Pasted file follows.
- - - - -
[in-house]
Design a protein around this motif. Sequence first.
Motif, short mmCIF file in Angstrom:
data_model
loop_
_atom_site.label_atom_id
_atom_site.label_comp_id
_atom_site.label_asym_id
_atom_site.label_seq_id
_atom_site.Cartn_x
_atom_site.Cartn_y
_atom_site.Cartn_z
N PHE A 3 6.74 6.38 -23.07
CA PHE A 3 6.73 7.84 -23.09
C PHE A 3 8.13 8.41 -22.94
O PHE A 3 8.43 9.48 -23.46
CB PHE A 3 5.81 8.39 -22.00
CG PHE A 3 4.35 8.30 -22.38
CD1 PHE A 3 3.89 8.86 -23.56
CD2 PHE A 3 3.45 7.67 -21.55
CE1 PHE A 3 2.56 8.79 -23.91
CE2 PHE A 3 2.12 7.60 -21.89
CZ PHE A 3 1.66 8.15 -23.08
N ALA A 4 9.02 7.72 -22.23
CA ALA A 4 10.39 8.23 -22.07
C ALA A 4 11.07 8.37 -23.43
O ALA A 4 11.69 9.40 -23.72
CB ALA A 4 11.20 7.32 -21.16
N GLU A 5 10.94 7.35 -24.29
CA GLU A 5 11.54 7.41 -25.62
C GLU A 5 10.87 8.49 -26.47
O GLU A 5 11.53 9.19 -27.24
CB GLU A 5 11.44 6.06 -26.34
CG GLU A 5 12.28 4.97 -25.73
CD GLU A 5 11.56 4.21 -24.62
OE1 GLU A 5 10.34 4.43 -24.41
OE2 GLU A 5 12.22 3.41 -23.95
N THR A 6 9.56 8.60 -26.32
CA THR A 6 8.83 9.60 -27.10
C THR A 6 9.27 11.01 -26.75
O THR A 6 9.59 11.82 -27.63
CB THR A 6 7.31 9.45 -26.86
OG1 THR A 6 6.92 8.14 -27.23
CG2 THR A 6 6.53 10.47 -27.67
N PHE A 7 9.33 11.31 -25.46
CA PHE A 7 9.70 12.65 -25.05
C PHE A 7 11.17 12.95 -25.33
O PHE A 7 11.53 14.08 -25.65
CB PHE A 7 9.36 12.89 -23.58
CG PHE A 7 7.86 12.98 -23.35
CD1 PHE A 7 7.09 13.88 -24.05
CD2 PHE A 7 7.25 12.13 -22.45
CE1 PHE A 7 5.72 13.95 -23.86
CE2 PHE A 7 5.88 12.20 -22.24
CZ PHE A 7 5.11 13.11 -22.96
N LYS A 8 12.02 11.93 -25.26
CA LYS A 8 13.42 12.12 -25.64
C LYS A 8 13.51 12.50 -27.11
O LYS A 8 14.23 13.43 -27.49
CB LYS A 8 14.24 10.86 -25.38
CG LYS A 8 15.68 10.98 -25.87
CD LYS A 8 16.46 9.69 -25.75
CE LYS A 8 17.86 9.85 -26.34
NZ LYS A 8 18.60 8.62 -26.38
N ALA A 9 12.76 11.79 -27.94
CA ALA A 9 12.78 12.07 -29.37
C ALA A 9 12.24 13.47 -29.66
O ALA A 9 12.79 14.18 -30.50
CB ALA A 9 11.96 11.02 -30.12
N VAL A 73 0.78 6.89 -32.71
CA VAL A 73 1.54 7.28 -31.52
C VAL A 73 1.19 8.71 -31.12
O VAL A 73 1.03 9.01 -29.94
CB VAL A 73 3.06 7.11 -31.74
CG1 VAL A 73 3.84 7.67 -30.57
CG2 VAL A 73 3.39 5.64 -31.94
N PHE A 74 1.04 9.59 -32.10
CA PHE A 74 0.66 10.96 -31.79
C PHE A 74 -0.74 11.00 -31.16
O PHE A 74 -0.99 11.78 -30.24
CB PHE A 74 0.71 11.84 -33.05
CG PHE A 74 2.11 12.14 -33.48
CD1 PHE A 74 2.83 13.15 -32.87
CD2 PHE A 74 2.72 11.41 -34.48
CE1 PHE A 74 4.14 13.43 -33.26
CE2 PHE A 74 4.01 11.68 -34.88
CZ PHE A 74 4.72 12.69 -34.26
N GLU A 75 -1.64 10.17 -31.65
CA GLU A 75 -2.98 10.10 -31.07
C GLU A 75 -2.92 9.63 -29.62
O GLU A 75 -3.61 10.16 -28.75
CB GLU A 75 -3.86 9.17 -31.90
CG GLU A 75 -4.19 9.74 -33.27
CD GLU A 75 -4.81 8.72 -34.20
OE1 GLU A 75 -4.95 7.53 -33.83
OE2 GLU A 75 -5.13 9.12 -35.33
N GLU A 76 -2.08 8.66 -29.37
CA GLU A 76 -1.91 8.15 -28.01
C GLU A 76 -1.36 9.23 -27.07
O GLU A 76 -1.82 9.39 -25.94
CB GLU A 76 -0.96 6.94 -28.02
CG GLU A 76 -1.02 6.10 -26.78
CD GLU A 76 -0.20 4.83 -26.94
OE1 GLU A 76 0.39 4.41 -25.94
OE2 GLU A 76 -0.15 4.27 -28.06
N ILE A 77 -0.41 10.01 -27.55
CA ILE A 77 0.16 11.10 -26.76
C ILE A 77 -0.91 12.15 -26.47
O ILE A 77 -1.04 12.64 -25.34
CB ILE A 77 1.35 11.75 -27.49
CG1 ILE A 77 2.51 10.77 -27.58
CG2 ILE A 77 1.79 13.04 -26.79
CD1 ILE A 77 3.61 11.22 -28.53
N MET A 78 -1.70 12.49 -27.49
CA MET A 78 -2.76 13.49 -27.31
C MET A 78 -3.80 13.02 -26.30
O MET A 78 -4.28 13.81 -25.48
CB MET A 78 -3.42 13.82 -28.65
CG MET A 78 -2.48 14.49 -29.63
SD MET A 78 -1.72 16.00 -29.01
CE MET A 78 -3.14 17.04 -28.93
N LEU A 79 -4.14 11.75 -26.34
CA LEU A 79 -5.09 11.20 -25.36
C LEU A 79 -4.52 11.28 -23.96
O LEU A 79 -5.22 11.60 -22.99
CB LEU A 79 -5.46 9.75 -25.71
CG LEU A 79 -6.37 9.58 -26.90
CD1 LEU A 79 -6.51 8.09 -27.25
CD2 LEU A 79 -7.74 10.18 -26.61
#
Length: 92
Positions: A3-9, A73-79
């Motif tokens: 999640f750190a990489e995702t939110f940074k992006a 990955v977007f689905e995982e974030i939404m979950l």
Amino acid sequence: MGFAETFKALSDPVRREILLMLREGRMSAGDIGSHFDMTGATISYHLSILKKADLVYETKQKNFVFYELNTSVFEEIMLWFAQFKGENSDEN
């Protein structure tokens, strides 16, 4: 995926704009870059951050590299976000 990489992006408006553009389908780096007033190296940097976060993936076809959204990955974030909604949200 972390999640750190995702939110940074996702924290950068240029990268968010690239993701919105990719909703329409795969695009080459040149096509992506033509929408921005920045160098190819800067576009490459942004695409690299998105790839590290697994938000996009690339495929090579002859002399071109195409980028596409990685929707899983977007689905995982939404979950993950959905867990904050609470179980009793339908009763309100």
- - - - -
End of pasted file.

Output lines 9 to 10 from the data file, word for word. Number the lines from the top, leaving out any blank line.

_atom_site.label_seq_id
_atom_site.Cartn_x